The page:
I am writing this column before MotoGP at Brno so it may well be that rather than a prediction you will be reading history: MotoGP will have a new rider for next year – and a rather different one.
Cal Crutchlow is bound for MotoGP, the British rider presumed to fill in aboard the vacant Tech 3 Yamaha seat.
I will be very surprised indeed if Cal Crutchlow doesn’t take the vacant seat in the Tech 3 Yamaha team. He has a long-term game plan and this involves learning the nine tracks of the MotoGP circuit which he doesn’t presently know during 2011. This will prepare Cal for a full on attack on the title in 2012 when 1000cc engines will be the norm.
Clearly, Crutchlow is incredibly, mind-achingly talented at riding a motorcycle fast. However, there are plenty of quick, brave riders in the motorcycling world. What makes Cal so interesting is that he is a very different sort of racer from the merely brilliant. I had a long, informal chat with him after Silverstone, talking about lots of things, and three traits dominated the conversation. These are his startling honesty, his intelligence and his love of motorcycle racing.
Starting at the end, the quote of the year must be: “If I wasn’t good at bike racing I’d be at club meetings sleeping in the back of a van. There’s nothing in the world I’d rather do than race bikes.” Note the absence of: “I want to be rich, famous, have a big house…”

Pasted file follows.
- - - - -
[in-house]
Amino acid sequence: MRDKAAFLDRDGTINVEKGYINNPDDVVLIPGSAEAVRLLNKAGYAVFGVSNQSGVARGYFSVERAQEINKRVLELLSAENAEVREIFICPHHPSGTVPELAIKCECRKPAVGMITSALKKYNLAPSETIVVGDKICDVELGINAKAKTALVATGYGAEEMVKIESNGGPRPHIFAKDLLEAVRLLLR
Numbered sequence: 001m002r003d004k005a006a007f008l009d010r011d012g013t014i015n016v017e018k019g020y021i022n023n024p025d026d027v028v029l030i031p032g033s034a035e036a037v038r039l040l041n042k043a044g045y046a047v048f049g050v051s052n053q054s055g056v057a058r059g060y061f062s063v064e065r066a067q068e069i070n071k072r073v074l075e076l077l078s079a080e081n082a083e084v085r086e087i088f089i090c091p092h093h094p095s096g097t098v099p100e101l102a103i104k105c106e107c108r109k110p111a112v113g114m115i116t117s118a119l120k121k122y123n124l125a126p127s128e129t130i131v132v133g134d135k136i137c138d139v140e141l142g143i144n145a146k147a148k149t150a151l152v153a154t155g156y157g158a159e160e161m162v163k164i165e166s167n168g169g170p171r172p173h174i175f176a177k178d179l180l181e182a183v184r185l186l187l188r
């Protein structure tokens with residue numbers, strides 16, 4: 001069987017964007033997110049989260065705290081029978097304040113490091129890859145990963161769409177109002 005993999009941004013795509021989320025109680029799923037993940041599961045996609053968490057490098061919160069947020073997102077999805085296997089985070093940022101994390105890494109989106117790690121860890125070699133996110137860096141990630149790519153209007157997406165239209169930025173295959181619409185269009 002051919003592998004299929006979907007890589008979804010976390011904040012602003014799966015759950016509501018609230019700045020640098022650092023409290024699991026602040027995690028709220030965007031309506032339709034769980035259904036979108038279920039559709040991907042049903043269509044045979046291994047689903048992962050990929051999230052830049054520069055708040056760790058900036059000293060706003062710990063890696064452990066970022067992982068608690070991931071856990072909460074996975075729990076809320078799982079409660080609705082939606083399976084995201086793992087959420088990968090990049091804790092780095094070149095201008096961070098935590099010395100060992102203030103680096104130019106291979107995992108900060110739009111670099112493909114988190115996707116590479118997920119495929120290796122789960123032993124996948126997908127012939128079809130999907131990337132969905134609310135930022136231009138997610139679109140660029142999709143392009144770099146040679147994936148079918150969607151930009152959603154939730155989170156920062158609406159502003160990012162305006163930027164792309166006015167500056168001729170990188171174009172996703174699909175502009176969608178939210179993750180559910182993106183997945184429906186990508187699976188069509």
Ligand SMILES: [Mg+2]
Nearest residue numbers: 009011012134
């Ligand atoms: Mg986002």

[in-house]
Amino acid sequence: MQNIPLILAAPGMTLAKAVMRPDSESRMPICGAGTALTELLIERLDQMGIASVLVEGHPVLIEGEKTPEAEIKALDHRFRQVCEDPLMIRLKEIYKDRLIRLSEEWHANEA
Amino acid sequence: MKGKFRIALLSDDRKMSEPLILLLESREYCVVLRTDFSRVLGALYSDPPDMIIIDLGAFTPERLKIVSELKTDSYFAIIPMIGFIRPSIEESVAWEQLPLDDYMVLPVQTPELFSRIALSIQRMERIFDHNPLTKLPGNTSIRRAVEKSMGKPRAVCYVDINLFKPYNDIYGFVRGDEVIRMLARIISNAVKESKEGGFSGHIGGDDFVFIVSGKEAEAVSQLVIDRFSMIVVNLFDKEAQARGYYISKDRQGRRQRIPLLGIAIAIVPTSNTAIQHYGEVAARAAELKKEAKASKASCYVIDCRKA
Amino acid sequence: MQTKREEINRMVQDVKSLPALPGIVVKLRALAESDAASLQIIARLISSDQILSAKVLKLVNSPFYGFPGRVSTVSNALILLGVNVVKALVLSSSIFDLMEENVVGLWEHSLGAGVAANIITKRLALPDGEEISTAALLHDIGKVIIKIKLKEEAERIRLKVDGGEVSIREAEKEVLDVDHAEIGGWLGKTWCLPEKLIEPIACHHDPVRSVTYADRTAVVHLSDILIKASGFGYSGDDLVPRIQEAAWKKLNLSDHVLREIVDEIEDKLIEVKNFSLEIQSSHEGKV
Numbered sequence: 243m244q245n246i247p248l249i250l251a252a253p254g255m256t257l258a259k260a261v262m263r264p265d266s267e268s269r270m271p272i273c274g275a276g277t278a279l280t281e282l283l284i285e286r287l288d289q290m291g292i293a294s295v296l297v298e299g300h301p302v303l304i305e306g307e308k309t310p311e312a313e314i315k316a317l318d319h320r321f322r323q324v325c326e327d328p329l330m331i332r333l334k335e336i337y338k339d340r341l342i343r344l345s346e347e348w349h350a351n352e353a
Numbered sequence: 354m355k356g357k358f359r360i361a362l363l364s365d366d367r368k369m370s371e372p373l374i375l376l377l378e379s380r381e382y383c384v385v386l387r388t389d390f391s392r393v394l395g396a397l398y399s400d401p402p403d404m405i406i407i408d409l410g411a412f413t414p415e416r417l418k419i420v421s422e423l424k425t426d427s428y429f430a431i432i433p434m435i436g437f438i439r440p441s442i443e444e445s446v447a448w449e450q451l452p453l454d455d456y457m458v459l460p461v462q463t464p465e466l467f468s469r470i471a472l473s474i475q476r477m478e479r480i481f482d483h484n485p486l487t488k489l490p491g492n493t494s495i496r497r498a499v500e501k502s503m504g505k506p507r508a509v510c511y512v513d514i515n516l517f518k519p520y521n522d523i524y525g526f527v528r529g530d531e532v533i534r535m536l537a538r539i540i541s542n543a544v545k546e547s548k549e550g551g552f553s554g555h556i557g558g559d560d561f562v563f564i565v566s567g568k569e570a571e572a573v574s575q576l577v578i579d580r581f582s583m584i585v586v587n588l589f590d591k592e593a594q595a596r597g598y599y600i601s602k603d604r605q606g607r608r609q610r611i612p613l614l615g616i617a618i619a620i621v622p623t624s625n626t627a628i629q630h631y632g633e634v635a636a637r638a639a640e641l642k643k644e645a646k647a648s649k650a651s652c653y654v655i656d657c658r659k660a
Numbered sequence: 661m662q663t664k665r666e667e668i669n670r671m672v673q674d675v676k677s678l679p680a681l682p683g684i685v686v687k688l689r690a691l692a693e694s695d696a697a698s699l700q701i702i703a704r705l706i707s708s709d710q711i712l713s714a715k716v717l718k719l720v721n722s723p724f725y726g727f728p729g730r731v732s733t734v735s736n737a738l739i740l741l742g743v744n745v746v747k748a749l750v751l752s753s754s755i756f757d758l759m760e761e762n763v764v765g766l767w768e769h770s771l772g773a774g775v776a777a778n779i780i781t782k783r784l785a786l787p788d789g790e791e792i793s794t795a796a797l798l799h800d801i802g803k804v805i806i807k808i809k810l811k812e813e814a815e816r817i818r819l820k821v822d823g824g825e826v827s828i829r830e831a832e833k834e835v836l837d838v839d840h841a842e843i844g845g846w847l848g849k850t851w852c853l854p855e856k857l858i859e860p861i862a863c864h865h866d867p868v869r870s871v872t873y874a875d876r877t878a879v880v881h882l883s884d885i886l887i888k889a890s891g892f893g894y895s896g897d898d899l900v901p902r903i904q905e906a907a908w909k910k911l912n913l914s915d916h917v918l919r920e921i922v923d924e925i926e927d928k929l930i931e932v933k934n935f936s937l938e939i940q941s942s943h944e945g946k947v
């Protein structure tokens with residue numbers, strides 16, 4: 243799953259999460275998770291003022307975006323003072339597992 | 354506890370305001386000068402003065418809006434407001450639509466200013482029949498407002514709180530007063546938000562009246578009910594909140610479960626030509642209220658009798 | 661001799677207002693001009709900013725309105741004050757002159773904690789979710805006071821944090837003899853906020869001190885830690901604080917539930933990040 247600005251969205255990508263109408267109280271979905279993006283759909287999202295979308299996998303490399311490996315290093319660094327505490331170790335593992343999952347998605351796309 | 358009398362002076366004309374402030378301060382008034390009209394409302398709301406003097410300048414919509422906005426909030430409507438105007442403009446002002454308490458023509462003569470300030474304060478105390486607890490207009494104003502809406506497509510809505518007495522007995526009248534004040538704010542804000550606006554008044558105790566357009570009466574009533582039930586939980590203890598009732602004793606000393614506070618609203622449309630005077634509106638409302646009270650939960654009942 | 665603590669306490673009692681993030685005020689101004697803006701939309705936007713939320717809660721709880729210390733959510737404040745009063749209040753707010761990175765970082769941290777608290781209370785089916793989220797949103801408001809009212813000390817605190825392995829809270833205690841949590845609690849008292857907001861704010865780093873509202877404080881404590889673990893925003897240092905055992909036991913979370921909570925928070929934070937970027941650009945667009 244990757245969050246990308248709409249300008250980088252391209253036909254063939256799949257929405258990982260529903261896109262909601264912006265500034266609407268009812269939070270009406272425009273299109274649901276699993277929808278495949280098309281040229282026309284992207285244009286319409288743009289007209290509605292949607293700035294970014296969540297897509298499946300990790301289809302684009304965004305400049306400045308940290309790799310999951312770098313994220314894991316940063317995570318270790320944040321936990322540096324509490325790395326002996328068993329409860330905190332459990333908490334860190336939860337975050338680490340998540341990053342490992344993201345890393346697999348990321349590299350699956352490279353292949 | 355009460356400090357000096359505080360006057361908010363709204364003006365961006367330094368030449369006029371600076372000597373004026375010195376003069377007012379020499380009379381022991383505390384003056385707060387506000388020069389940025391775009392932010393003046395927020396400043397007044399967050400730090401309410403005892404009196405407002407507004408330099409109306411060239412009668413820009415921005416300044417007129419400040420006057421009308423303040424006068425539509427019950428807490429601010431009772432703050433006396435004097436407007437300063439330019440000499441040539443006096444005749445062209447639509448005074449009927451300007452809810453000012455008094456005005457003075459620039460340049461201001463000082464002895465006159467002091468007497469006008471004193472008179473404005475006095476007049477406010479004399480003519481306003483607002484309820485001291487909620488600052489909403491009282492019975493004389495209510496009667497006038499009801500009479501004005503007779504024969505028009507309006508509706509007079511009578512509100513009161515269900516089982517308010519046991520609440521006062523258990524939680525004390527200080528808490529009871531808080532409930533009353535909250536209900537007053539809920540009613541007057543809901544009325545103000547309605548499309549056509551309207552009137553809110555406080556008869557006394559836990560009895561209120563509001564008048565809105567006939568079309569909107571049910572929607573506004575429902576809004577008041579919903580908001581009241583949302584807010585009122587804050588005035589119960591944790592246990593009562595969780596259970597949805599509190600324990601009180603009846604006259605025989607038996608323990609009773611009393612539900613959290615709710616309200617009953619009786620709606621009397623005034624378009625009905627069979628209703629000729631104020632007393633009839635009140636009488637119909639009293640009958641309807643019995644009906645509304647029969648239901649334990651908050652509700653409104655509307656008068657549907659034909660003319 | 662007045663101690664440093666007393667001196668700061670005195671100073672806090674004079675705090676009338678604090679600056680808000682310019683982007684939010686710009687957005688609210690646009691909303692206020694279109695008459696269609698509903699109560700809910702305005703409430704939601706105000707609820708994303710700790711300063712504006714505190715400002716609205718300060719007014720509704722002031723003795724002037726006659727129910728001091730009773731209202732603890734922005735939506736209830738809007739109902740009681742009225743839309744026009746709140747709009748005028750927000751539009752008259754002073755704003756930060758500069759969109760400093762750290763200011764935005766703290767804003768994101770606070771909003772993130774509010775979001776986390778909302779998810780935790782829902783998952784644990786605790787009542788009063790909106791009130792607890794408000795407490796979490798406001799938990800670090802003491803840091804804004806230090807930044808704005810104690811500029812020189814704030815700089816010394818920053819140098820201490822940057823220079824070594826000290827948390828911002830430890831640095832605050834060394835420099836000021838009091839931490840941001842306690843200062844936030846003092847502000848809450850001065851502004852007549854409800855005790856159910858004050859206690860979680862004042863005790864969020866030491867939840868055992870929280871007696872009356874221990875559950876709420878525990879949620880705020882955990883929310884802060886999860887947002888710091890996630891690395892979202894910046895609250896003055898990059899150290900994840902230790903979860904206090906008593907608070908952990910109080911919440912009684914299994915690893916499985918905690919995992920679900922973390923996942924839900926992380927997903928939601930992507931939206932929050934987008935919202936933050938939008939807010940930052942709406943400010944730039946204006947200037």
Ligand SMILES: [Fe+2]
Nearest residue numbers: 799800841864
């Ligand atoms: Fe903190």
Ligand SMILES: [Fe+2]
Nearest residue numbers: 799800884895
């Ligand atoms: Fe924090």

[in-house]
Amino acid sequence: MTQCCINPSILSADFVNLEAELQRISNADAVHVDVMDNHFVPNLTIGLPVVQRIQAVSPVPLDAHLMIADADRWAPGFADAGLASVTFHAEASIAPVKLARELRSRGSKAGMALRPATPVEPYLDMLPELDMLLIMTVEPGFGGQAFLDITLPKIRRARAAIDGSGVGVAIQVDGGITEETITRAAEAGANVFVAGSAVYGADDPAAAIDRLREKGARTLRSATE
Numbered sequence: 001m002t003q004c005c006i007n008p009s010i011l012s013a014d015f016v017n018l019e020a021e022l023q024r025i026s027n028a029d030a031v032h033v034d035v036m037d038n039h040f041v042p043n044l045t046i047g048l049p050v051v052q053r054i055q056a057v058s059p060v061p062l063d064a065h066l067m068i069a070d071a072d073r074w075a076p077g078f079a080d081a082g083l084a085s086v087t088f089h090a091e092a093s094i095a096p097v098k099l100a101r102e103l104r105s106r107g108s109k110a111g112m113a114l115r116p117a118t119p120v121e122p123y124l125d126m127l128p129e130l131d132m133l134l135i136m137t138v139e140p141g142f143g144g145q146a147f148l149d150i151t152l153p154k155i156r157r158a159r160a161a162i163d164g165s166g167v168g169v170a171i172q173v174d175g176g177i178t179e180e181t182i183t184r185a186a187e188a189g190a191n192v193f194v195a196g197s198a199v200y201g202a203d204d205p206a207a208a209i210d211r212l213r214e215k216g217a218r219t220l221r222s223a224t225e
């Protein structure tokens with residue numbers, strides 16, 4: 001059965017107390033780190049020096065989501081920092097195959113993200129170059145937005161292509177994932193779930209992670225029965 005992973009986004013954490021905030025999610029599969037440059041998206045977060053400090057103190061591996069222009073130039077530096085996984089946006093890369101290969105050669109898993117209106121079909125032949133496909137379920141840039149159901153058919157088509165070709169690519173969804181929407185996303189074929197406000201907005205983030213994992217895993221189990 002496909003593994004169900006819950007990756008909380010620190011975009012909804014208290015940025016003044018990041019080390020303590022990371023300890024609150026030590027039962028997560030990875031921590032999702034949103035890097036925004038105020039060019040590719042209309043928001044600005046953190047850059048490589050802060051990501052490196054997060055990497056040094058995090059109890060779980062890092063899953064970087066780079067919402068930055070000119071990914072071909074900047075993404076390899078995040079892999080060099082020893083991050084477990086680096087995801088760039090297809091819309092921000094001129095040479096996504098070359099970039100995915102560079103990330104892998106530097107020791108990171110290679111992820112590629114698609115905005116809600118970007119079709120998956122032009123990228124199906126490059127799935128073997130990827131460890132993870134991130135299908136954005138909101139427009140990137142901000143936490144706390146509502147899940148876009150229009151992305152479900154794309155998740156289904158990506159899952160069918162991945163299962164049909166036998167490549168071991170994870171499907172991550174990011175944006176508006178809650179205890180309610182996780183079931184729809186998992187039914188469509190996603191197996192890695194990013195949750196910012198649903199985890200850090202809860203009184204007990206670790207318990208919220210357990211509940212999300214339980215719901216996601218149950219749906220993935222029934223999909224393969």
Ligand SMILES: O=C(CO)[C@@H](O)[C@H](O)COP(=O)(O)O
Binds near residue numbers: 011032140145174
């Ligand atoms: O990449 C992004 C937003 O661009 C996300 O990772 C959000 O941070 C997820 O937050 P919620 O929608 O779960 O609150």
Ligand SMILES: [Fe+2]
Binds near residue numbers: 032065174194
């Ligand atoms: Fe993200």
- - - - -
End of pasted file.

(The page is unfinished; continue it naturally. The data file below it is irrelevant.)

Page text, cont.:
What struck me the most while speaking with Cal Crutchlow were three thngs: his honesty, intelligence and love of motorcycle racing.
More than anything else, Cal wants to ride motorcycles. In fact, he is an enormously talented version of every racer who goes broke during the week so that he can go racing at weekend.
Then there is Cal’s intelligence. He comes from a modest background, and was once a delivery driver, but no-one I ever worked with when I was doing my Master’s degree had more raw brain power. Cal sees things which few in the rest of the world do and this makes him an utterly exceptional motorcycle racer. Not only is he devastatingly quick he can read a race as only a few in the world can. Even in the heat of battle, he has the mental space to take a step back and analyse what is happening in front, behind and all around him. This cognitive gymnastics is pure Rossi.
He is worshipped at Yamaha for his work ethic, perception and self-discipline. He is as demanding as all great riders but at the same time a dedicated team player.
Finally, Cal will bring a much needed breath of honesty to MotoGP. He is confident that he can’t, at this stage, beat Rossi, Lorenzo, Pedrosa and the other “aliens”. He is just as sure that he is faster than the second half of the MotoGP field. If he wasn’t certain, he would tell you.
When Cal does win MotoGP races – and he will – fans will find him just as charming, modest and friendly as he is now. I can guarantee that he won’t be doing silly stunts or trying to impress anyone with exaggerated celebrations. He will remain the same smiling and welcoming Cal.
No this is not a hoax! Frank competed in the British Classic Championship race and finished on the podium in third.